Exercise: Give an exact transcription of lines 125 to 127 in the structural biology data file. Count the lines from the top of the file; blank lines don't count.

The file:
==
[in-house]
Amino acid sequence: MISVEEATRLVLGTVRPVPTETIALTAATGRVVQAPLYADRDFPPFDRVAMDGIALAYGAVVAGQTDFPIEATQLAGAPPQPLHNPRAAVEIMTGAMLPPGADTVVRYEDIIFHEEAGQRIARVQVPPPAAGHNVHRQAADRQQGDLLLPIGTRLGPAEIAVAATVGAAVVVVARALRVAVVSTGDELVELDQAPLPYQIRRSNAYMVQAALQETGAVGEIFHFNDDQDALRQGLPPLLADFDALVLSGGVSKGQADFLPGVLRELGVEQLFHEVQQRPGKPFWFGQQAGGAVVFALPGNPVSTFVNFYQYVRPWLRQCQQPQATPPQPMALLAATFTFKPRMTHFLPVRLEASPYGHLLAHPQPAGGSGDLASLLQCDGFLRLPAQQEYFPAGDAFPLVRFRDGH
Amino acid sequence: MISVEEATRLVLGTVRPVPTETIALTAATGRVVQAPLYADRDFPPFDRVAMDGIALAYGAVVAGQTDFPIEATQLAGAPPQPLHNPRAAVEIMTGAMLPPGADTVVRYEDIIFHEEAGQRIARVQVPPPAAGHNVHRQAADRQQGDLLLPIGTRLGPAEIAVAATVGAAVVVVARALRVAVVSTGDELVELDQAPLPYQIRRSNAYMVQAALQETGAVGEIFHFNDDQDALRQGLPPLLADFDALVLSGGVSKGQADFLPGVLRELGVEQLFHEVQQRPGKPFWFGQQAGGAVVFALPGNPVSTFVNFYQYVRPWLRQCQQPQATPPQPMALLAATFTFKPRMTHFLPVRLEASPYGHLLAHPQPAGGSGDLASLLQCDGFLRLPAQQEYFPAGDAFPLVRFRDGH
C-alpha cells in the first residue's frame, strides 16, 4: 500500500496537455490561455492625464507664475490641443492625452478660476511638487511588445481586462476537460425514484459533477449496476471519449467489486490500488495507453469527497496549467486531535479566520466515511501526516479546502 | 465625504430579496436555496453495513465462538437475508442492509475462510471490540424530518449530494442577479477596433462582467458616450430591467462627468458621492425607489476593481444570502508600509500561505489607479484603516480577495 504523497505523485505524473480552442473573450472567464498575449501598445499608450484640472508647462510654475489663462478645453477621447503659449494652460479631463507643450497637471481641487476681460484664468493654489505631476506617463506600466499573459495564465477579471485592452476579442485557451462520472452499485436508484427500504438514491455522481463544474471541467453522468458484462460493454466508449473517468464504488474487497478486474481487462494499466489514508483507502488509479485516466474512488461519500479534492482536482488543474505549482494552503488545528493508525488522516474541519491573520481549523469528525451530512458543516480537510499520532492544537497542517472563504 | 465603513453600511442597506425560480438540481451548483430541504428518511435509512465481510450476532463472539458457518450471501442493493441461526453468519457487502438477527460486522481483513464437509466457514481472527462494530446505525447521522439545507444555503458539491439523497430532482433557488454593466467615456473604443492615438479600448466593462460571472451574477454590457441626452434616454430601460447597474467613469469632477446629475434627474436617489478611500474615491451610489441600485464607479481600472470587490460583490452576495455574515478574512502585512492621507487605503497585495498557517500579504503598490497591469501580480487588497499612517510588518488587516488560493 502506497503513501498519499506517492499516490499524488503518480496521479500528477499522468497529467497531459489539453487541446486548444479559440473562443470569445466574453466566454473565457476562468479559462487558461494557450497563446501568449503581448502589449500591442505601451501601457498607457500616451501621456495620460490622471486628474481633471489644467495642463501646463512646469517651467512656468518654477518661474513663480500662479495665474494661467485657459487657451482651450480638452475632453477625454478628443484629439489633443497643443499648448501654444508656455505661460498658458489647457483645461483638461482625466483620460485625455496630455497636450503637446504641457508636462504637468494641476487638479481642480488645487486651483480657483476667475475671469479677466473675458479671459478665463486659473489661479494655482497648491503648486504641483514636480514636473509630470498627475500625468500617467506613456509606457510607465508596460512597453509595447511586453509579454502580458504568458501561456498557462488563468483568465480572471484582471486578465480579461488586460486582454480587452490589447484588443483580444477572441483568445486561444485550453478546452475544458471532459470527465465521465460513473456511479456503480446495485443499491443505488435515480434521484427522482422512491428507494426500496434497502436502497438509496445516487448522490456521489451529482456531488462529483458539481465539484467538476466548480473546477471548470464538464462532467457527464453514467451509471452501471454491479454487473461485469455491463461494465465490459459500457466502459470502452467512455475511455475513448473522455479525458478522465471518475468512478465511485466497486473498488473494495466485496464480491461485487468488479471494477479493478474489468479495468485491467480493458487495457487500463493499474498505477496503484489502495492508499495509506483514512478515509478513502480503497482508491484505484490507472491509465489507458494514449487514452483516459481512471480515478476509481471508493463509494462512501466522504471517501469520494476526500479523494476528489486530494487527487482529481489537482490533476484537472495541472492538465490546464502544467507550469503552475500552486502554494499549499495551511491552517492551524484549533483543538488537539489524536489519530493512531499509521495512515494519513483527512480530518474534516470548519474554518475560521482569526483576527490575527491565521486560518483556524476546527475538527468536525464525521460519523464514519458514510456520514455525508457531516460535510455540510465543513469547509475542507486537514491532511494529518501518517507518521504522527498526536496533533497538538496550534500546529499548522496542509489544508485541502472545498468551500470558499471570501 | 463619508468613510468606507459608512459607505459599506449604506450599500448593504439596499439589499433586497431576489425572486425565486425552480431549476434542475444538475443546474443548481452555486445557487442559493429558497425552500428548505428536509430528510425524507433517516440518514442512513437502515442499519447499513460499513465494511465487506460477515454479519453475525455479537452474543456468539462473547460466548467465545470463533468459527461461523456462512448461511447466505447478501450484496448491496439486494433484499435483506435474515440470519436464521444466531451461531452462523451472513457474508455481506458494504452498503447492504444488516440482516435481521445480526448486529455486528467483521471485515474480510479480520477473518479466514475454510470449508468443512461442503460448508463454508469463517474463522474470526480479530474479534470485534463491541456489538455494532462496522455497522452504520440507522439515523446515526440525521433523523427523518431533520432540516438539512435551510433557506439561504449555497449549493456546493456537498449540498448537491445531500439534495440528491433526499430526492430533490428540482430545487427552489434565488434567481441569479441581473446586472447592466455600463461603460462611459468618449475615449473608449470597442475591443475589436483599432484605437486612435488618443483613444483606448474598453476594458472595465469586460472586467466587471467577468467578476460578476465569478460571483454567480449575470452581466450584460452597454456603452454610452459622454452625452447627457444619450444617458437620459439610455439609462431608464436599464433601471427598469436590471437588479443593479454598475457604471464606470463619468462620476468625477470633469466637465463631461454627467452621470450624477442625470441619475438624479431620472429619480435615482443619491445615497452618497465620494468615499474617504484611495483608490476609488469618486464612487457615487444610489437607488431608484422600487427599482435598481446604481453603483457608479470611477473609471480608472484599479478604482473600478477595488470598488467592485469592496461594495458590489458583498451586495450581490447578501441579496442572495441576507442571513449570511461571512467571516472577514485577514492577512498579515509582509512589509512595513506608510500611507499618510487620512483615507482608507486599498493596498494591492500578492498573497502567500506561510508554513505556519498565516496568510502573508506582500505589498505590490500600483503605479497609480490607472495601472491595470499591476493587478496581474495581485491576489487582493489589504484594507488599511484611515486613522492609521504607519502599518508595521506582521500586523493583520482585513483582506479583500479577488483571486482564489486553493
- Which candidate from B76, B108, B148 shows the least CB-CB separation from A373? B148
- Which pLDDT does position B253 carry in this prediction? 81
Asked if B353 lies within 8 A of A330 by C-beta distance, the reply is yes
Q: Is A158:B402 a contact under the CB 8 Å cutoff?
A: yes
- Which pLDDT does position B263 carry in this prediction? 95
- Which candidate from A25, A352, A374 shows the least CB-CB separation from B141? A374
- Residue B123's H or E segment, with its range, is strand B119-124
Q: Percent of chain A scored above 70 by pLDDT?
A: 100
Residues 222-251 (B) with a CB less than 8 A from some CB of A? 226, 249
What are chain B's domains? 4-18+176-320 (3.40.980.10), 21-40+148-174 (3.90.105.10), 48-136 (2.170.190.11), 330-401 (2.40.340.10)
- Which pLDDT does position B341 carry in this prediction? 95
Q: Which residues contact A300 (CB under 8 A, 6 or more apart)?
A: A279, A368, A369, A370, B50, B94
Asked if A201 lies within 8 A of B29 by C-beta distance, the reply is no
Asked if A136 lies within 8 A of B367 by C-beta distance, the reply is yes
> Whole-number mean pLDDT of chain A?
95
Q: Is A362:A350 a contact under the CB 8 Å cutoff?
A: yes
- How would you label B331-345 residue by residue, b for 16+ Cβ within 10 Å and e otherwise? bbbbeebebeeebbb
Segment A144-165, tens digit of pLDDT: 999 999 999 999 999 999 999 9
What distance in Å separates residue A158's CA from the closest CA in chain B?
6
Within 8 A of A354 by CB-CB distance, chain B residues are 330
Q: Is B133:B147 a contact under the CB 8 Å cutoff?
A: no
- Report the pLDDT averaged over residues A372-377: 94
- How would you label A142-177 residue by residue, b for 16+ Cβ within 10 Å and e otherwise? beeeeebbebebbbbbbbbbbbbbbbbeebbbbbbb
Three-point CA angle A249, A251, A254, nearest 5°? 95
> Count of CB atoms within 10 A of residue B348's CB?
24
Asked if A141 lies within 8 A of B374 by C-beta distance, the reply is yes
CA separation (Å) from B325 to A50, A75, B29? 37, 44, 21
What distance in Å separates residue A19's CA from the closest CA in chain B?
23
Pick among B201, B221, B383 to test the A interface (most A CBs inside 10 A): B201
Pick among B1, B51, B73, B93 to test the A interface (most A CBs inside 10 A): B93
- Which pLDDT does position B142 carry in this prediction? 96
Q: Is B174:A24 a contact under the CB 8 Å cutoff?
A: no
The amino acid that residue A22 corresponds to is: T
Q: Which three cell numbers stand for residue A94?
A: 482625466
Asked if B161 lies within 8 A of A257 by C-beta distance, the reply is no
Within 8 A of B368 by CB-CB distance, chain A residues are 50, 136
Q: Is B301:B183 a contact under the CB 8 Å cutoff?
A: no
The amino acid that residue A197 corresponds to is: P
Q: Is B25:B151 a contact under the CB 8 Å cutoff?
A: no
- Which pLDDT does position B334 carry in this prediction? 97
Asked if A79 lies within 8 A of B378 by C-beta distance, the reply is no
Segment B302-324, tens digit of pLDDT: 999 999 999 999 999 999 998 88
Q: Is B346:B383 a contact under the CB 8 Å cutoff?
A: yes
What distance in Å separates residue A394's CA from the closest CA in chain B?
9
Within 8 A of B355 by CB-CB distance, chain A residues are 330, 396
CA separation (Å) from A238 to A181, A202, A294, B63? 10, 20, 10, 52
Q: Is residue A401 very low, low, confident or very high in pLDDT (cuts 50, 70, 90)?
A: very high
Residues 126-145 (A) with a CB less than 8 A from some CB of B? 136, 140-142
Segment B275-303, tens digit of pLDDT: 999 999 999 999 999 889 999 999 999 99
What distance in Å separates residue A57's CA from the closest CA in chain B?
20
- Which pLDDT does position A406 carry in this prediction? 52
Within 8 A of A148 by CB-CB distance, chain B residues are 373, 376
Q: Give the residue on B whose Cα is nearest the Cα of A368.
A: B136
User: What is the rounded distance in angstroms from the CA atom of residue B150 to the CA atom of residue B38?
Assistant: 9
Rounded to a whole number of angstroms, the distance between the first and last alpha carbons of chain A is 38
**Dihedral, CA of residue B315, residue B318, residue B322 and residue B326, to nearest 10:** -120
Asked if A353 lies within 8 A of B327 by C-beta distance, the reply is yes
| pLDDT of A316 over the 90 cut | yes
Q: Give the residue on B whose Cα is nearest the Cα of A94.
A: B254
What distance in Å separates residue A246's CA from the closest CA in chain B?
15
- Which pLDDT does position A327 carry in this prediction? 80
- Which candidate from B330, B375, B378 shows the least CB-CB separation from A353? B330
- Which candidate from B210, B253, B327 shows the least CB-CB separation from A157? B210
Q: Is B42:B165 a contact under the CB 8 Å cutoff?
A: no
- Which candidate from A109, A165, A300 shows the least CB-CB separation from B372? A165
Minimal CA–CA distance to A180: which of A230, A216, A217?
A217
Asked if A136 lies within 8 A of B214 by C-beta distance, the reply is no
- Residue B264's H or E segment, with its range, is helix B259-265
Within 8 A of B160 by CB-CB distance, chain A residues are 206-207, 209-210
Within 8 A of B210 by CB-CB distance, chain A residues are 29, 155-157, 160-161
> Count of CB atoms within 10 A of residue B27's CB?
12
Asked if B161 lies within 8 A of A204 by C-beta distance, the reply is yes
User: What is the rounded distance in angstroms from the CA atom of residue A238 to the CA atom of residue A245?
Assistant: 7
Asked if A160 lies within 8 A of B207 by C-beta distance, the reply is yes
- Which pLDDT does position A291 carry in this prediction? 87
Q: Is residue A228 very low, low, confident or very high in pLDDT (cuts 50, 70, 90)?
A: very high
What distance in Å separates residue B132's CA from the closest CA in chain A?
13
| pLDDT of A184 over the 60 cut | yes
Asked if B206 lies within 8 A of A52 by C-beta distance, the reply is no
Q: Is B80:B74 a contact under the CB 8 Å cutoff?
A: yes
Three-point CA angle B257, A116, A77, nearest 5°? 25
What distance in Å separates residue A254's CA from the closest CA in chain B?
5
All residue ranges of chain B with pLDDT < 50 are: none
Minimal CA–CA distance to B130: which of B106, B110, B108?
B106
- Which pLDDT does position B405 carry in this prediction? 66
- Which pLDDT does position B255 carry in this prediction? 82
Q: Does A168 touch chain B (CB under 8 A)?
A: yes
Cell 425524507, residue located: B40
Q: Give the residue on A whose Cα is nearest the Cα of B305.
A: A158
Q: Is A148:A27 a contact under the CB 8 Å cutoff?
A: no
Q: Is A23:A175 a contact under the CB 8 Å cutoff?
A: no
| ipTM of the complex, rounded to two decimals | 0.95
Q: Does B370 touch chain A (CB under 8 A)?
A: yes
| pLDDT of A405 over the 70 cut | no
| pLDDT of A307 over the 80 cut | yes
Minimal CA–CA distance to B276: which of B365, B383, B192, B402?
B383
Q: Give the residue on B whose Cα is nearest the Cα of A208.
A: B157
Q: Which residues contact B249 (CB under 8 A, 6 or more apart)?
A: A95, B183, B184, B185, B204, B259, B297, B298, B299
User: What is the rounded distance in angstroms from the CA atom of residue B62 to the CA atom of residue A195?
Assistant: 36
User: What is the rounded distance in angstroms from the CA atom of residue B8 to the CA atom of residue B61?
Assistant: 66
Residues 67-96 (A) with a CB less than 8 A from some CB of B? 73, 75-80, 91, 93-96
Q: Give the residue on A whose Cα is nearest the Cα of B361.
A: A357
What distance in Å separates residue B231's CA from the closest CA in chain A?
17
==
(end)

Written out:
A: A158
Q: Is A148:A27 a contact under the CB 8 Å cutoff?
A: no